Release Date: May 16, 2006
Licenses are the curse of the dedicated gamer; they're tolerable but sub-par romps through your favorite movies, books, breakfast cereals, and celebrities. There's the occasional Chronicles of Riddick ... and then the occasional X-Men: The Official Game for the Game Boy Advance. Also, there's the occasional generic introduction on licensed games.
Disclaimer: I haven't seen "X3: The Last Stand" or all of "X2." However, I know the plot of them enough to know that, like every other version of X-Men: The Official Game, the GBA version takes place in between "X2" and "X3," explaining many of the mysteries in between the two (such as why Nightcrawler disappeared – basically, he decides early on that he's not comfortable with the X-Men, even though he respects what they do for mutantkind). If you're really obsessed with finding out the plot, though, the DS version is better, and the console versions are much better. The cut scenes here are no more than scrolling text accompanied by poor-quality sound effects, and they sport a poor-looking version of the Disgaea method of having characters speak: A single image of a character scrolls on, text appears below him/her, he/she scrolls off, and another character scrolls on. The background never changes.
Frankly, I couldn't tolerate playing X:TOG game for more than 10 minutes. The characters are distinct in theory, but they play with the same controls and are all just as effective at killing the armies of faceless villains; the only one worth his salt is Nightcrawler, because of his mobility. Add that to the endless, faceless generic villains and level design which basically says, "Miss a jump or don't have Wolverine make it, and you get to circle around endlessly," … well, maybe it's better to go into it one bit at a time.
The graphics made me think of the old Game Gear X-Men game from 1992, which wasn't the best, but it was honestly more fun than this offering. The fact that you could take any sprite from this supposedly new game, shorten it, and it'd work perfectly on the Game Gear really represents how dated this game looks. The characters look much like they do in the movies, but you'll only recognize Wolverine if you have seen at least one of the movies, squint, or see one of the cut scene face-shots, which are passable but are nothing close to being on par with the comics. Nightcrawler, Colossus, and Iceman are more distinctive from a distance due to their skin colors (though only the red on Colossus' suit tells him apart from Iceman), but still only look like their namesakes with a bit of imagination. The stages themselves look nice, other than the inability in the first couple of levels to be able to tell what's a wall and what isn't.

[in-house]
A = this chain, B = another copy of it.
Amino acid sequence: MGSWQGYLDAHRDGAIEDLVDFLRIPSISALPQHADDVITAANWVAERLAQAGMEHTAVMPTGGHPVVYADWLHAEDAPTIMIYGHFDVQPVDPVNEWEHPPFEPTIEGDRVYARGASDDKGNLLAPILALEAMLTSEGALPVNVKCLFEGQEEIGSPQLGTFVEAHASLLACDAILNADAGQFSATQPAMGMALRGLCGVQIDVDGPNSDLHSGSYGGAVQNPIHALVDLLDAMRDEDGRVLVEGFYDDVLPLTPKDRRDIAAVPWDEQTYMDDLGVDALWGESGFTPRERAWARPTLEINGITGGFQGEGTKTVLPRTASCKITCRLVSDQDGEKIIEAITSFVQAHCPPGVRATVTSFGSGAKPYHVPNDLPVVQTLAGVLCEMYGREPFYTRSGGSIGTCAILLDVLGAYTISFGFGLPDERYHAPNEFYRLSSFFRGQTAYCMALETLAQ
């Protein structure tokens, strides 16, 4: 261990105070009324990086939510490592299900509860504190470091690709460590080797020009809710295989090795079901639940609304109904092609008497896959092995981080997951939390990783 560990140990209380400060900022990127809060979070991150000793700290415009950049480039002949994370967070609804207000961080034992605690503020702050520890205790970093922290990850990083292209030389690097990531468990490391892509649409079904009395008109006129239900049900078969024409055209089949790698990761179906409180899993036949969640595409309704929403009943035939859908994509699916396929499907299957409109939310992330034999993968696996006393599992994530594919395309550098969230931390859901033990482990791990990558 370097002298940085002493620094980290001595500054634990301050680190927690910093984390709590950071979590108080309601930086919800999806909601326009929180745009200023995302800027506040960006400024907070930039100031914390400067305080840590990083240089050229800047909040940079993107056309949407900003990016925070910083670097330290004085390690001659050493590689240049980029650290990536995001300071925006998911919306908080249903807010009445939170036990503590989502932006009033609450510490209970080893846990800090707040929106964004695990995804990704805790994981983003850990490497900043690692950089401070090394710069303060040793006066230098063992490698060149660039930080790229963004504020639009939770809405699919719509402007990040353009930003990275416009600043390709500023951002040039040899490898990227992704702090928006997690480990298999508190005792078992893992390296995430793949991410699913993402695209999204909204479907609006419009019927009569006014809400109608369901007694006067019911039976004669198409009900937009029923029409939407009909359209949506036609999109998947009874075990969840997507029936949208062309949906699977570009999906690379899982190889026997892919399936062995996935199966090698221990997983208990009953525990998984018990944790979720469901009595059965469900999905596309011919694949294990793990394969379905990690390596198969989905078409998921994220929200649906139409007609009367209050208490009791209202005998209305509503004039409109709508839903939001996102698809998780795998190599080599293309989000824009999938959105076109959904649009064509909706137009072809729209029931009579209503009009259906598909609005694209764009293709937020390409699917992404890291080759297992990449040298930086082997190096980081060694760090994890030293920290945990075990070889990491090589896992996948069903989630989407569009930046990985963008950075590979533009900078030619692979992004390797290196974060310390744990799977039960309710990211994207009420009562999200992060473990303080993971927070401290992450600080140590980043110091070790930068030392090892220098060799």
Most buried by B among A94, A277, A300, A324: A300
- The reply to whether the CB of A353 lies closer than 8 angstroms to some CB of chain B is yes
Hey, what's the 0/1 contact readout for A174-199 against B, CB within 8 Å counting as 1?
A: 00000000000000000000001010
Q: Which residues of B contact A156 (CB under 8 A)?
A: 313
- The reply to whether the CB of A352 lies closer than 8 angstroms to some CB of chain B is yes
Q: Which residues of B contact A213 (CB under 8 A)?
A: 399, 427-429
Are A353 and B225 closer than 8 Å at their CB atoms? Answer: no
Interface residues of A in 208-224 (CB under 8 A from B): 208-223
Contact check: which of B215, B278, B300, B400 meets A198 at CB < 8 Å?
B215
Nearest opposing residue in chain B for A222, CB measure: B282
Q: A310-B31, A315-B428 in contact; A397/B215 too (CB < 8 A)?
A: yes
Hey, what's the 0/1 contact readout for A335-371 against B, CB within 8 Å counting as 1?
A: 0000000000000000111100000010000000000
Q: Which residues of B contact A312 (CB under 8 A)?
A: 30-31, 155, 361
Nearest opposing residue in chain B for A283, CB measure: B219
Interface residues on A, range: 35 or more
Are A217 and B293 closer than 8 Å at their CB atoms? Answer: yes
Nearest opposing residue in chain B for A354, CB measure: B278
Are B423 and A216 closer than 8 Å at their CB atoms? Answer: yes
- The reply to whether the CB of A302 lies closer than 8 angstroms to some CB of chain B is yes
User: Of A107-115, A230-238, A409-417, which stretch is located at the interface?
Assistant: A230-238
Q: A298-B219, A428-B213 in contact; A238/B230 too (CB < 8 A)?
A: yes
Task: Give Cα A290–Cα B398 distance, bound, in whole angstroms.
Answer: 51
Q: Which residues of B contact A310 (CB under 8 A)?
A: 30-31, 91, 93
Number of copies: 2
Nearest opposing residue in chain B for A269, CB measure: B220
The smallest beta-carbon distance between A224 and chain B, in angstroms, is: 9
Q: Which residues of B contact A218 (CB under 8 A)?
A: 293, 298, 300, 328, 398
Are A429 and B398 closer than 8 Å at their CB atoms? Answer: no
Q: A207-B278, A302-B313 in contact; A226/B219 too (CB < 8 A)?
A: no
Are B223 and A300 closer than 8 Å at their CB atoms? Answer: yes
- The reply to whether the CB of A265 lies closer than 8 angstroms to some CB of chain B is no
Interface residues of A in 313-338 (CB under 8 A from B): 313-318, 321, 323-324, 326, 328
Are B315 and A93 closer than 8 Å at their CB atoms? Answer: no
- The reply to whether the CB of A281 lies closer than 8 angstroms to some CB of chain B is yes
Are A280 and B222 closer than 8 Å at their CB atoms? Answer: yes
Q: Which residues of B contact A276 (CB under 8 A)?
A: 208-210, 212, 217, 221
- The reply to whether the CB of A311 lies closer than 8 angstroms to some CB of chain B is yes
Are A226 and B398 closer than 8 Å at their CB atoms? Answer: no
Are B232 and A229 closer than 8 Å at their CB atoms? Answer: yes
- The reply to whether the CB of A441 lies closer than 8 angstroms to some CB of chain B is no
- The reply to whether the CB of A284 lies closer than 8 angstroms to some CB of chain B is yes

Sound effects are a reasonable attempt at downgrading the game and movie music from theater-quality to the highly limited GBA platform. You can at least tell they took the time to take the music to the GBA's MIDI-like format, and the sound effects are all sampled and sound reasonably good, though not crisp by any means. Unfortunately, there's also enough of them to introduce significant load times on a GBA game, complete with a low-quality "now loading" screen. This is not normal, and it should not be happening in any well-designed, well-coded game. It's not as if you can just take the code from the other versions for porting to the GBA, which really makes it a mystery why they couldn't code everything to stream off the cartridge, since that's what most every other GBA game does.
The control scheme is simple enough to explain but has just enough responsiveness issues to become incomprehensible. A jumps, B attacks, R uses a "super gauge" (what this has to do with mutant powers is unknown, since it only doubles your attack power with no explanation), and L and a directional button switches characters. A+B performs a power attack if you can hit the buttons exactly right. If you can't do that right, good luck clearing the second level. Also, consider the other little tricks of the controls, and how often they're unresponsive at critical times. For example, when you need to make precision jumps and the jump button doesn't work, you either end up falling to your doom or doing an annoying circle-back requiring many power attacks. Needless to say, the controls do not help X:TOG play any better.
This game has two partial saving graces, both of which are far better attained with other versions. First, there is a minimal feel of authentic X-Men style action … at least, until a guard is knocked over and can't be hit while down, or until you think about the X-Men's team dynamics (which are, to a significant extent, ignored in all versions). Second, the game's plot is comprehensible and well-done, with a bang-up job on highlighting how conflicted Nightcrawler is ... at least, until you compare it to the jobs done in the console, or even DS, versions.
Honestly, X-Men: The Official Game for the GBA does one thing and does it poorly. It's the same platformer/brawler that seems to be the generic genre for licensed games and resembles most every X-Men game from the 16-bit era. Switching characters as a mostly cosmetic choice? Check. Make sure you need Wolverine because he's the "coolest" character? Check. Somewhat shoehorned plot told in between the levels? Check. Annoying "puzzle" level? Check. The game's a checklist of a complete generic license platformer, but unfortunately, it missed most of the checkmarks related to making a good game.
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